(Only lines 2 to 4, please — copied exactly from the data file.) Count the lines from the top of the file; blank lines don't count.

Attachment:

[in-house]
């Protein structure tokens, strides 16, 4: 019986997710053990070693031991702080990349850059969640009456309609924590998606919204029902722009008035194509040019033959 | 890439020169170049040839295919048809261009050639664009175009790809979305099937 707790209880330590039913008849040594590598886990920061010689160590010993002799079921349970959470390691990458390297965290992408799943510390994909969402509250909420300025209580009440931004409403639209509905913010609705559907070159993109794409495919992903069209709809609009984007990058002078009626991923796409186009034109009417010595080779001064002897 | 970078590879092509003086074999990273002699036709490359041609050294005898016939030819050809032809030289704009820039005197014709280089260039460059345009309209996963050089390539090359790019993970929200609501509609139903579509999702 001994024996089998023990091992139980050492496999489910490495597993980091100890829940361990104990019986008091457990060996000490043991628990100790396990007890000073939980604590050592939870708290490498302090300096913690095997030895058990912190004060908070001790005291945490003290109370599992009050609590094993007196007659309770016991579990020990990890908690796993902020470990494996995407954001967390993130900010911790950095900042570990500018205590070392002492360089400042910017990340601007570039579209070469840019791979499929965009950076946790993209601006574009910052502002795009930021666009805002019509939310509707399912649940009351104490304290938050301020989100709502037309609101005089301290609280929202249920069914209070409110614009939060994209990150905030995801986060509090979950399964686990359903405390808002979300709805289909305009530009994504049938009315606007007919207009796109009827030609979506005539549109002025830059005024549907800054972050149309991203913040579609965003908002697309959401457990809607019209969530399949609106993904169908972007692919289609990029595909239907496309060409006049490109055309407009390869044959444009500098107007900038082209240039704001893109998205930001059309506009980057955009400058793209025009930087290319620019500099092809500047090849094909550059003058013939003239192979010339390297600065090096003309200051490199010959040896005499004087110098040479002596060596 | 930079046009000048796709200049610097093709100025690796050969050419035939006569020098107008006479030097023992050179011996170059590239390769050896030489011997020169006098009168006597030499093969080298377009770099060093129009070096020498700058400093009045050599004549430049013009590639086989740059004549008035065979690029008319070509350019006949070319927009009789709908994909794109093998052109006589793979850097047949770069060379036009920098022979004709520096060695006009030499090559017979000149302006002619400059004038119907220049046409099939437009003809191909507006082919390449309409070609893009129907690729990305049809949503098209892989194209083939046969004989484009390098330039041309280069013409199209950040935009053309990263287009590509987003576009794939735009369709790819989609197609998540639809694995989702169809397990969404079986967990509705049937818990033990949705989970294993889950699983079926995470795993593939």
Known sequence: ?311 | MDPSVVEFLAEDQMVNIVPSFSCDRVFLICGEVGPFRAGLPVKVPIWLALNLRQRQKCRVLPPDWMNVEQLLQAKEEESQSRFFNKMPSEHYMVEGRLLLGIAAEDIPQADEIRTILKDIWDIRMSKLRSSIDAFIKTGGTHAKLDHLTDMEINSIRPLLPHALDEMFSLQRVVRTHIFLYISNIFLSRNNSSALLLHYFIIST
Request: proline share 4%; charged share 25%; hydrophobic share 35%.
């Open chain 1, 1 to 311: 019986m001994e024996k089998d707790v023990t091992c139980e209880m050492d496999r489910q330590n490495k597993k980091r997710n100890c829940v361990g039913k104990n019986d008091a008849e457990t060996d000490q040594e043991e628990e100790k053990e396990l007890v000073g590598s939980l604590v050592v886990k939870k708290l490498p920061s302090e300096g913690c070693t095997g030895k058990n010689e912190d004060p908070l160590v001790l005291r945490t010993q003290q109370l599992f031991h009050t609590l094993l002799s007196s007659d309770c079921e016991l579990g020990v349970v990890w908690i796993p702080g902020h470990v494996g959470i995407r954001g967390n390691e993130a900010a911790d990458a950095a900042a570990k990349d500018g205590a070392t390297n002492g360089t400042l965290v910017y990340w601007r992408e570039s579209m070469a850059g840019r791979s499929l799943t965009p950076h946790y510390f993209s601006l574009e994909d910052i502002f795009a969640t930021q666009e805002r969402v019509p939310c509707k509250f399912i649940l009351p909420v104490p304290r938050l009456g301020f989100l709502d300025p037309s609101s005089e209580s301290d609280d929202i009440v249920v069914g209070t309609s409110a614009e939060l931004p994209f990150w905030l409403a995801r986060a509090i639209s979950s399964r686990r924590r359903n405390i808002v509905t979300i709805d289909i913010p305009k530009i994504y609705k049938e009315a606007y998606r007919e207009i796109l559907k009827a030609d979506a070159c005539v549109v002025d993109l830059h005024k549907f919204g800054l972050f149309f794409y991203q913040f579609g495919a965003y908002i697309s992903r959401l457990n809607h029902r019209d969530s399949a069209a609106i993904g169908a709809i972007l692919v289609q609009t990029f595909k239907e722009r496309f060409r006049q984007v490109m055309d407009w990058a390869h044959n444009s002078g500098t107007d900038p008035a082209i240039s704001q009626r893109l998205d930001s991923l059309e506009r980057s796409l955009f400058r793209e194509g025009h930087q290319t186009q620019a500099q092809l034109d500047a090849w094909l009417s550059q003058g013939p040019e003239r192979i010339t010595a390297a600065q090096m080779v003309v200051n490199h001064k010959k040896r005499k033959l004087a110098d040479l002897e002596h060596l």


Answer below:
């Protein structure tokens, strides 16, 4: 019986997710053990070693031991702080990349850059969640009456309609924590998606919204029902722009008035194509040019033959 | 890439020169170049040839295919048809261009050639664009175009790809979305099937 707790209880330590039913008849040594590598886990920061010689160590010993002799079921349970959470390691990458390297965290992408799943510390994909969402509250909420300025209580009440931004409403639209509905913010609705559907070159993109794409495919992903069209709809609009984007990058002078009626991923796409186009034109009417010595080779001064002897 | 970078590879092509003086074999990273002699036709490359041609050294005898016939030819050809032809030289704009820039005197014709280089260039460059345009309209996963050089390539090359790019993970929200609501509609139903579509999702 001994024996089998023990091992139980050492496999489910490495597993980091100890829940361990104990019986008091457990060996000490043991628990100790396990007890000073939980604590050592939870708290490498302090300096913690095997030895058990912190004060908070001790005291945490003290109370599992009050609590094993007196007659309770016991579990020990990890908690796993902020470990494996995407954001967390993130900010911790950095900042570990500018205590070392002492360089400042910017990340601007570039579209070469840019791979499929965009950076946790993209601006574009910052502002795009930021666009805002019509939310509707399912649940009351104490304290938050301020989100709502037309609101005089301290609280929202249920069914209070409110614009939060994209990150905030995801986060509090979950399964686990359903405390808002979300709805289909305009530009994504049938009315606007007919207009796109009827030609979506005539549109002025830059005024549907800054972050149309991203913040579609965003908002697309959401457990809607019209969530399949609106993904169908972007692919289609990029595909239907496309060409006049490109055309407009390869044959444009500098107007900038082209240039704001893109998205930001059309506009980057955009400058793209025009930087290319620019500099092809500047090849094909550059003058013939003239192979010339390297600065090096003309200051490199010959040896005499004087110098040479002596060596 | 930079046009000048796709200049610097093709100025690796050969050419035939006569020098107008006479030097023992050179011996170059590239390769050896030489011997020169006098009168006597030499093969080298377009770099060093129009070096020498700058400093009045050599004549430049013009590639086989740059004549008035065979690029008319070509350019006949070319927009009789709908994909794109093998052109006589793979850097047949770069060379036009920098022979004709520096060695006009030499090559017979000149302006002619400059004038119907220049046409099939437009003809191909507006082919390449309409070609893009129907690729990305049809949503098209892989194209083939046969004989484009390098330039041309280069013409199209950040935009053309990263287009590509987003576009794939735009369709790819989609197609998540639809694995989702169809397990969404079986967990509705049937818990033990949705989970294993889950699983079926995470795993593939």
Known sequence: ?311 | MDPSVVEFLAEDQMVNIVPSFSCDRVFLICGEVGPFRAGLPVKVPIWLALNLRQRQKCRVLPPDWMNVEQLLQAKEEESQSRFFNKMPSEHYMVEGRLLLGIAAEDIPQADEIRTILKDIWDIRMSKLRSSIDAFIKTGGTHAKLDHLTDMEINSIRPLLPHALDEMFSLQRVVRTHIFLYISNIFLSRNNSSALLLHYFIIST
Request: proline share 4%; charged share 25%; hydrophobic share 35%.